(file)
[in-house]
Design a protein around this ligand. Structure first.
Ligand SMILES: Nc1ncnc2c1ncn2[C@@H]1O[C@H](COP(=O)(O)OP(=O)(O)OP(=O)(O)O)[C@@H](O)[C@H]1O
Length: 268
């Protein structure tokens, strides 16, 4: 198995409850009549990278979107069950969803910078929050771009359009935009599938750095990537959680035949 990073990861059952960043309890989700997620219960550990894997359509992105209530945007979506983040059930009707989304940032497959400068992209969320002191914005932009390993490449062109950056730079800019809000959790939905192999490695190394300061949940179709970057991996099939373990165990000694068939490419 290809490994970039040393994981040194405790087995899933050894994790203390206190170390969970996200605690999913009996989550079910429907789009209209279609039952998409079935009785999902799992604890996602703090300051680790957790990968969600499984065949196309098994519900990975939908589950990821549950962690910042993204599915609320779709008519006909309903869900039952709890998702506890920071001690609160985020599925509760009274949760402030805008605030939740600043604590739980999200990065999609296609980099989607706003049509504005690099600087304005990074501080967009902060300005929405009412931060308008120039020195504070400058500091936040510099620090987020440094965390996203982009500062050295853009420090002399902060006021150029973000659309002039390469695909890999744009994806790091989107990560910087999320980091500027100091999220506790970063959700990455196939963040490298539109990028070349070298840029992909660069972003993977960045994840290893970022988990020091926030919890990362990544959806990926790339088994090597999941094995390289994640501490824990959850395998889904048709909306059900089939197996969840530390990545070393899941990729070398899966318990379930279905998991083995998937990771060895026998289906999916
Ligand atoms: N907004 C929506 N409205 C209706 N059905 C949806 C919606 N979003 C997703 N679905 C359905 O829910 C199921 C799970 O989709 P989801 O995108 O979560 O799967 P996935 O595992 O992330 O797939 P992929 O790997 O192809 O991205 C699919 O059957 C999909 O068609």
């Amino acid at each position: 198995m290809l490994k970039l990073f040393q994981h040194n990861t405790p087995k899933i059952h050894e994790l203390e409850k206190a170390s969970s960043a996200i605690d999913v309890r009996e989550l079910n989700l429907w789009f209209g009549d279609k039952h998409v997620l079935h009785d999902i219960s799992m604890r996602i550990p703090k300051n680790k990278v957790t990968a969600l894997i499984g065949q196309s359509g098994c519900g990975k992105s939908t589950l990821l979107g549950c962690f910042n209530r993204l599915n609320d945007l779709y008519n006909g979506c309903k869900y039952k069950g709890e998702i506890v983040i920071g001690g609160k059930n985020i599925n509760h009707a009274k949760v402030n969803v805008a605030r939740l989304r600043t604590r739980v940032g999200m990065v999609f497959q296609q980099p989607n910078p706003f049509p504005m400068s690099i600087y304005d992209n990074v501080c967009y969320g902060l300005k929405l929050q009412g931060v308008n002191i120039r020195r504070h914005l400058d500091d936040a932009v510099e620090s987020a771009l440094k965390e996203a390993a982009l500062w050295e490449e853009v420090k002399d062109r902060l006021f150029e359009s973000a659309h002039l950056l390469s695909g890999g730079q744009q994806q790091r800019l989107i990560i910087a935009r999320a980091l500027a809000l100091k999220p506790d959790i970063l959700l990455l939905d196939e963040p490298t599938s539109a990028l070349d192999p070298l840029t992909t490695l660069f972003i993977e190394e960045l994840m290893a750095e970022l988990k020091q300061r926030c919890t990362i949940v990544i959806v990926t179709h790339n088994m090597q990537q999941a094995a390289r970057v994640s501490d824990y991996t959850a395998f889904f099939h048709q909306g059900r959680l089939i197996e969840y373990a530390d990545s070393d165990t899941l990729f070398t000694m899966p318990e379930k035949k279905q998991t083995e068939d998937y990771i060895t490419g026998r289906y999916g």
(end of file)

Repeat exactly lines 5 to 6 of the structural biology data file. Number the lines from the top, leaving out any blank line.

């Protein structure tokens, strides 16, 4: 198995409850009549990278979107069950969803910078929050771009359009935009599938750095990537959680035949 990073990861059952960043309890989700997620219960550990894997359509992105209530945007979506983040059930009707989304940032497959400068992209969320002191914005932009390993490449062109950056730079800019809000959790939905192999490695190394300061949940179709970057991996099939373990165990000694068939490419 290809490994970039040393994981040194405790087995899933050894994790203390206190170390969970996200605690999913009996989550079910429907789009209209279609039952998409079935009785999902799992604890996602703090300051680790957790990968969600499984065949196309098994519900990975939908589950990821549950962690910042993204599915609320779709008519006909309903869900039952709890998702506890920071001690609160985020599925509760009274949760402030805008605030939740600043604590739980999200990065999609296609980099989607706003049509504005690099600087304005990074501080967009902060300005929405009412931060308008120039020195504070400058500091936040510099620090987020440094965390996203982009500062050295853009420090002399902060006021150029973000659309002039390469695909890999744009994806790091989107990560910087999320980091500027100091999220506790970063959700990455196939963040490298539109990028070349070298840029992909660069972003993977960045994840290893970022988990020091926030919890990362990544959806990926790339088994090597999941094995390289994640501490824990959850395998889904048709909306059900089939197996969840530390990545070393899941990729070398899966318990379930279905998991083995998937990771060895026998289906999916
Ligand atoms: N907004 C929506 N409205 C209706 N059905 C949806 C919606 N979003 C997703 N679905 C359905 O829910 C199921 C799970 O989709 P989801 O995108 O979560 O799967 P996935 O595992 O992330 O797939 P992929 O790997 O192809 O991205 C699919 O059957 C999909 O068609």